After the War
By Hervé Le Corre
As soldiers set sail for the fighting in Algeria, the legacy of the Second World War persists in this gripping tale of retribution and betrayal from one of Europe's leading crime writers.
1950's Bordeaux. Even now, the Second World War is never far from people's memories, particularly in a city where the scars of collaboration and resistance are more keenly felt than ever. But another war has already begun. A war without a name, far away across the sea, in Algeria, where young men are sent to fight in a brutal conflict.
Daniel knows what awaits him. He's heard stories. Patrols, ambushes, reprisals, massacres, mutilations, all beneath a burning north African sun. He has just a month left before he leaves but, haunted by the loss of his parents and sister in the atrocities of the last war, Daniel questions why he is even going to fight in the first place.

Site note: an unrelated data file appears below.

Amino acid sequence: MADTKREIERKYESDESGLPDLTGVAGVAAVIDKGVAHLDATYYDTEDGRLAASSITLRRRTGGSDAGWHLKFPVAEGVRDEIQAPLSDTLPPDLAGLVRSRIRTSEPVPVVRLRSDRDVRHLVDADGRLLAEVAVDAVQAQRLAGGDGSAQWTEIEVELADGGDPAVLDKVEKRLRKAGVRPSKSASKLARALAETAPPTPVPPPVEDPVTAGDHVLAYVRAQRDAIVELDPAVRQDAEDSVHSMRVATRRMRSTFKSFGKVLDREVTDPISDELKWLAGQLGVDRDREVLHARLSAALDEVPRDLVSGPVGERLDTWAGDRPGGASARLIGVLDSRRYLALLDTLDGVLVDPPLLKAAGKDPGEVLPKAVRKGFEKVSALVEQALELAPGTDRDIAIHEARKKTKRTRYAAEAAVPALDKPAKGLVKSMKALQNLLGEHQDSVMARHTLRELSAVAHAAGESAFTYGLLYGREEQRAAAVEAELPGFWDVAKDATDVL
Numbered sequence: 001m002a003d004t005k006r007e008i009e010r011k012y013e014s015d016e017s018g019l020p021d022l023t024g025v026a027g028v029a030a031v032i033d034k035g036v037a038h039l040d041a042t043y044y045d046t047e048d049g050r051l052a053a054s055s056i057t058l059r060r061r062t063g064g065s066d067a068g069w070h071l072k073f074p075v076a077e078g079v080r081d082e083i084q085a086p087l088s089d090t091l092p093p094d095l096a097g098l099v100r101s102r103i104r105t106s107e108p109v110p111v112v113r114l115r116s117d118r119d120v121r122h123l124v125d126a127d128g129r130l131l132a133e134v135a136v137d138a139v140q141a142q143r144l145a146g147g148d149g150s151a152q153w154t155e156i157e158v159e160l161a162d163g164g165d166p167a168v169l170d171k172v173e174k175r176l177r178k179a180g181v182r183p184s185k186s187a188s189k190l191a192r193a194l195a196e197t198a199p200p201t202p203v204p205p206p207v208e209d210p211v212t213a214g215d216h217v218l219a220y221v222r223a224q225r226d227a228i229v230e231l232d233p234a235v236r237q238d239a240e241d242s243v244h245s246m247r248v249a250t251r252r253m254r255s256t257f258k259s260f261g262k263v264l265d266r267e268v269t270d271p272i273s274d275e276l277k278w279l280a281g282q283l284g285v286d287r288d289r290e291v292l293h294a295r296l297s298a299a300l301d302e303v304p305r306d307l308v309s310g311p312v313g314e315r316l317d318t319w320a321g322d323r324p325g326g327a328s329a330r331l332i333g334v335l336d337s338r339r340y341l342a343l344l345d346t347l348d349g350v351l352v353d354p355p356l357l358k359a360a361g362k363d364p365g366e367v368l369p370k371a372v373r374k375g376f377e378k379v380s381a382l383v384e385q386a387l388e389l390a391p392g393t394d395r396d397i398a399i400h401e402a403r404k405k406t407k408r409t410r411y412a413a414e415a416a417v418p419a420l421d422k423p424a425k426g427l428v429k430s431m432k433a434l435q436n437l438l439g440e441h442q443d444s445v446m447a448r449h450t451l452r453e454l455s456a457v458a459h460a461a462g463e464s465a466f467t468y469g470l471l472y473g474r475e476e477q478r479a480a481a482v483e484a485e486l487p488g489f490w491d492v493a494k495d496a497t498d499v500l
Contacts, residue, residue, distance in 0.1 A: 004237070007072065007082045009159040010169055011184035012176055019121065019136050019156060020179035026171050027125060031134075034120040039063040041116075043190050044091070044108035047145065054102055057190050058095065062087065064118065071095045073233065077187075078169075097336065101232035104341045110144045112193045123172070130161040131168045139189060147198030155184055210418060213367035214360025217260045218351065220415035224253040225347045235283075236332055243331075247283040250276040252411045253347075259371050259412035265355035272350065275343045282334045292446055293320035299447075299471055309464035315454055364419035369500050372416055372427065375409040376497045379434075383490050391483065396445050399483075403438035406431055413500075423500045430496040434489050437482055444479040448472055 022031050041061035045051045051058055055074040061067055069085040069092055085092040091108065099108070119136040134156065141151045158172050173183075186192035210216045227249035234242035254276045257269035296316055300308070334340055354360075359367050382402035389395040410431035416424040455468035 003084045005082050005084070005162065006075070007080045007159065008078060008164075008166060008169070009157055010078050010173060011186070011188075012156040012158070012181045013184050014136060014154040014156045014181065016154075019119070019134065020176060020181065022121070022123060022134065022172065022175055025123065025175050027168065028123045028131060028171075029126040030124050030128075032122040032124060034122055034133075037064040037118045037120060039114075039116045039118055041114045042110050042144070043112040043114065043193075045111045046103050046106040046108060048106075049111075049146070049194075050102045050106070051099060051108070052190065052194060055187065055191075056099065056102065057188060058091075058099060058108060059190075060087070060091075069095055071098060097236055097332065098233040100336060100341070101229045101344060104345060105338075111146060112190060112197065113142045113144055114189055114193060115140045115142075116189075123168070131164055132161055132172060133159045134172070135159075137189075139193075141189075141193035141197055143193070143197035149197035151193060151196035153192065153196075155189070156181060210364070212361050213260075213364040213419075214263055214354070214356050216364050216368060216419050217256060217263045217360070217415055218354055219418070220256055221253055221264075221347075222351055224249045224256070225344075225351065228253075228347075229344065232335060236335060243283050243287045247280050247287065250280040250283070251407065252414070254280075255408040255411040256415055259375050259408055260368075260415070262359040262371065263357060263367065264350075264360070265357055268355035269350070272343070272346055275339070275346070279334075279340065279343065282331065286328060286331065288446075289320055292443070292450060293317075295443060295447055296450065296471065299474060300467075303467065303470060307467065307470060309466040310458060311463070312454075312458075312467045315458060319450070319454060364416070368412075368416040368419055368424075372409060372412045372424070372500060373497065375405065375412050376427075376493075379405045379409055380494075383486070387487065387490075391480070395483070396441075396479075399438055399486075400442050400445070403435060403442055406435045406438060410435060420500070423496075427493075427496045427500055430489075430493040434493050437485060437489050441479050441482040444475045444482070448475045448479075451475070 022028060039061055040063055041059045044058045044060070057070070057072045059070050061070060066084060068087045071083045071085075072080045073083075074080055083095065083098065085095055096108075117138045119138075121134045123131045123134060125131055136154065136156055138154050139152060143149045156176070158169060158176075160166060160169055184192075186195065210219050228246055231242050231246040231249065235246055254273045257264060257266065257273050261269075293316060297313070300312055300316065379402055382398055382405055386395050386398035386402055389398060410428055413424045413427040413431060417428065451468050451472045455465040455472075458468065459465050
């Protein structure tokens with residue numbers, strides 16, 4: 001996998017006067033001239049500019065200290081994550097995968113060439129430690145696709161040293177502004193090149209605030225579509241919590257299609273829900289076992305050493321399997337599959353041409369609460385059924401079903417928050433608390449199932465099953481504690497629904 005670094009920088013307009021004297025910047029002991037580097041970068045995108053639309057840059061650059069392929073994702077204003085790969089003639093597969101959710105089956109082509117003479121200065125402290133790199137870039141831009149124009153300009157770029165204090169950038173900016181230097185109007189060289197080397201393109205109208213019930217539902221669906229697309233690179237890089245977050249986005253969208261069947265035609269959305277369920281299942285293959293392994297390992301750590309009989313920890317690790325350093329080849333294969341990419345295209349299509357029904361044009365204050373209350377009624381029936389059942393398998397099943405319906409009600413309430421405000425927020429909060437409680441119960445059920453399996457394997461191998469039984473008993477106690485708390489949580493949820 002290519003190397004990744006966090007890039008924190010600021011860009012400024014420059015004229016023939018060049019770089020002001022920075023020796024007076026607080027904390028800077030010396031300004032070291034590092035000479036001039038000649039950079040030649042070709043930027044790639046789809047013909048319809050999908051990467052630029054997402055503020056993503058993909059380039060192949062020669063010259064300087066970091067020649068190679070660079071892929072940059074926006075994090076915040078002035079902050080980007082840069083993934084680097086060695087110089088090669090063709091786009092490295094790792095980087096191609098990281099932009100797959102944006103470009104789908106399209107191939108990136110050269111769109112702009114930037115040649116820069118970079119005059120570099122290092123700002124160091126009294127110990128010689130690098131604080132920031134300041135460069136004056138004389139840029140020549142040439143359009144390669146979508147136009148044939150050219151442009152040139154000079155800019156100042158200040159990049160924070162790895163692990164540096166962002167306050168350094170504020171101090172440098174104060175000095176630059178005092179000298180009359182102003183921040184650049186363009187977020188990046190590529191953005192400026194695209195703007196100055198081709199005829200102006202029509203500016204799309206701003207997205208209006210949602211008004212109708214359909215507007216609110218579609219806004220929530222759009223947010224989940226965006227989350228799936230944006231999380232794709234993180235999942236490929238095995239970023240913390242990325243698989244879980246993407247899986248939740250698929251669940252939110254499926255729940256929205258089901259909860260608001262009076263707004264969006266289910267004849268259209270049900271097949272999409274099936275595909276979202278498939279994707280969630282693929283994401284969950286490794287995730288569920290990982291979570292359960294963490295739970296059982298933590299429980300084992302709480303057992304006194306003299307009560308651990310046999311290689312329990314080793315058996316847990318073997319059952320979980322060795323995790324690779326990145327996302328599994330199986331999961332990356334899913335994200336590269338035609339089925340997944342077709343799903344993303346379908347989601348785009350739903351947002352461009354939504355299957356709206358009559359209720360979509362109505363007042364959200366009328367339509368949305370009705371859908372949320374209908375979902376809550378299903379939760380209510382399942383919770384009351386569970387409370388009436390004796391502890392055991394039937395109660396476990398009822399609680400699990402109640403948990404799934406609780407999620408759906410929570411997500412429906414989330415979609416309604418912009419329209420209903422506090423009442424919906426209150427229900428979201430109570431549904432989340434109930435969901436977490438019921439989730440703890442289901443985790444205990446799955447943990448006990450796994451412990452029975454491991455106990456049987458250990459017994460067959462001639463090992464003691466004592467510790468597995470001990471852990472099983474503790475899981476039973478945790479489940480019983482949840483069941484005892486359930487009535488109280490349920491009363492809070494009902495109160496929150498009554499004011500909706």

Meanwhile, past crimes are returning to haunt Albert Darlac, the godfather of Bordeaux: corrupt police chief, fascist sympathiser and one-time collaborator. Before long, a series of explosive events will set off a spiral of violence that will bring the horrific legacy of wars past and present to the streets of Bordeaux.
Hervé Le Corre was born in Paris and currently teaches in the suburbs of Bordeaux, France. He is the author of several crime fiction novels, including Talking to Ghosts (2014). He also writes for the literary magazine Le Passant Ordinaire.
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- Publication date:
07 Jun 2018
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The writing of Hervé Le Corre has a musicality that verges on the poetic. He is the perfect portraitist — Macha Séry, Le Monde
Composed with all the skill of a virtuoso, mingling the colourful slang of bistros and bad guys with sensitive, sharp, crystalline prose that pierces you to the core. Superb — Michel Abescat, Télérama
A full-blooded, uncompromising crime novel ... Extraordinary — Eric Libiot, Express
A novel of relentless darkness, stirred up by flamboyant villains, with shootings, ambushes and verbal sparing flowing from a masterly pen — Julie Malaure, Le Point